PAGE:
Losing My Religion

I recently completed an article I was invited to write for a special issue of Leidschrift that focuses entirely on Pompeii and Herculaneum. My contribution looks specifically at the connections that exist between politics and religion. In doing so however, I noticed something that rather surprised me: it is difficult to reconcile the architectural and epigraphic evidence in regards to religious activity. There is a disconnect between which gods had temples dedicated in their honour, and which had active worshipers according to written records.

This map, with temple precincts shaded grey, locates the majority of temples and religious sanctuaries, with the exception of the Temple of Venus just outside the city walls, in Regio VII and Regio VIII, in and around the Forum and the Triangular Forum.

20150818_120913

From W. van Andringa (2012) ‘Statues in the Temples of Pompeii: Combinations of Gods, Local Definitions of Cults, and the Memory of the City’

The temples include the aforementioned complex dedicated to Venus, as well the Capitolium dedicated to the Triad of Jupiter, Juno, and Minerva, Apollo, Isis, Aesculapius, Fortuna Augusta, Minerva/Hercules, Divus Augustus, and other small shrines and altars. The official offices of priests and priestesses (sacerdos, flamen, and pontifex) that survive in the epigraphic record are limited to only three divinities: Venus, Ceres, and the Imperial Cult. Numerous men are named as sacerdos Augusti or flamin Augusti in the texts. I have previously discussed the priestesses, primarily from the Augustan and Tiberian period, who served Ceres and Venus. The precinct of Venus is well documented, but the texts that survive naming her priestesses are either funerary in nature, or in the case of Eumachia and Mammia, survive in dedicatory inscriptions on public edifices in the Forum. Despite epigraphic evidence for Ceres, there is no known temple, at least not within the city walls. A complex containing three small temples from the suburban area of Pompeii, may contain a Temple of Ceres, but identification is based solely on the discovery of two female statues, one of which is thought to represent Ceres.

On the contrary, the Temple of Isis, which has long been considered one of the most important religious centres in Pompeii, not least because of its speedy re-building after the earthquake in AD 62, has no identifiable priest.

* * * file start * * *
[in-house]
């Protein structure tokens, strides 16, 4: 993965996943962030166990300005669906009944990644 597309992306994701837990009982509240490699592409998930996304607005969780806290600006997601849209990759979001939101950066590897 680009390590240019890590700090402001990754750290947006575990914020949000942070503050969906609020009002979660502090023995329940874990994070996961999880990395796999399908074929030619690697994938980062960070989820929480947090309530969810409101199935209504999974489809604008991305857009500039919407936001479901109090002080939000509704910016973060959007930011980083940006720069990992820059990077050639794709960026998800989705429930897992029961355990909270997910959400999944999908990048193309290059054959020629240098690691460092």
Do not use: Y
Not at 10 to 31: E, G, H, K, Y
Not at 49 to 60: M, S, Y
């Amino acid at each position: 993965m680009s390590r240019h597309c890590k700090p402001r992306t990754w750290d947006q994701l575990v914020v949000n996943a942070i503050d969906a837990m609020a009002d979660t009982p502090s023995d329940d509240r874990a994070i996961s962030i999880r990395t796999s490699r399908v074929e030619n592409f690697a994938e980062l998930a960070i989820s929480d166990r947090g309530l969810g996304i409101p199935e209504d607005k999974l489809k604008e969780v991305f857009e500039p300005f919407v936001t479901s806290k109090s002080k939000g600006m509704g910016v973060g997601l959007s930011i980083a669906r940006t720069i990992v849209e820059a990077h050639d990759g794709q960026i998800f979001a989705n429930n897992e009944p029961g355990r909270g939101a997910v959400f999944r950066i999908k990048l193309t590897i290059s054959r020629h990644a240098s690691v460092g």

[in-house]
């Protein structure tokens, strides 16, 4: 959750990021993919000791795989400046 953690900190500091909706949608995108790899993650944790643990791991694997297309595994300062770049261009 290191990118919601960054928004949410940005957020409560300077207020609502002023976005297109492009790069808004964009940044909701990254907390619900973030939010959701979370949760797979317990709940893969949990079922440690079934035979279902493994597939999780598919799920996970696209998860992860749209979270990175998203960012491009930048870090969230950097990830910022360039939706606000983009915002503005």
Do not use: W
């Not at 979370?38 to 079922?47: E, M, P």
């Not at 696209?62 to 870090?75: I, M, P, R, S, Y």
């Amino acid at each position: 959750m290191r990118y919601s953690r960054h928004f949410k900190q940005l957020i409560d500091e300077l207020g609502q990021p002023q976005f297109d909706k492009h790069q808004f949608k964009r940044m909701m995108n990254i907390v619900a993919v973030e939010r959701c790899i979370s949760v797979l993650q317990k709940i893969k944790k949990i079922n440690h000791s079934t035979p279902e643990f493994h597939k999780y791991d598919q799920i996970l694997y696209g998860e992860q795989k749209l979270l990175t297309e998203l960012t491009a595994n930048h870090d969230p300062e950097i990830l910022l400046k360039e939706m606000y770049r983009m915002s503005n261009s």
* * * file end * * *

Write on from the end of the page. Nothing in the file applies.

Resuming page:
CIL X 846 = ILS 6367
N(umerius) Popidius N(umeri) f(ilius) Celsinus / aedem Isidis terrae motu conlapsam / a fundamento p(ecunia) s(ua) restituit hunc decuriones ob liberalitatem / cum esset annorum sex{s} ordini suo gratis adlegerunt.
‘Numerius Popidius Celsinus, son of Numerius, rebuilt the Temple of Isis from the foundations at his own expense which had collapsed from an earthquake. Because of his generosity, despite his age of six years, the decurions nominated him to the ordo without charge.’

This is one of the only surviving inscriptions found in Pompeii that actually names a temple as such. However, there is no evidence of a priest of Isis. The few other inscriptions from the temple precinct are dedicatory and say little, if anything, about Isis. For example, the plinth on which stood a statue of Isis, was inscribed with the following:

CIL X 849
L(ucius) Caecilius Phoebus posvit / l(oco) d(ato) d(ecreto) d(ecurionum).
‘Lucius Caecilius Phoebus placed (this statue). Place given by decree of the decurions.’

LRT_13700156000Whilst there might not be any evidence for those charged with the office of worshiping Isis, there are some dipinti that indicate that the goddess did have adherents.

CIL IV 787 = ILS 6420b
Cn(aeum) Helvium / Sabinum aed(ilem) Isiaci / universi rog(ant).
‘All the worshipers of Isis call for the election of Gnaeus Helvius Sabinus, aedile.’

CIL IV 3141
Isi[acis – – – ]is ubique.
‘The worshipers of Isis are everywhere.’

CIL IV 1011 = ILS 6419f
Cuspium Pansam aed(ilem) / Popidius Natalis cliens cum Isiacis rog(at).
‘Popidius Natalis, his client, with the worshipers of Isis, call for the election of Cuspius Pansa, aedile.’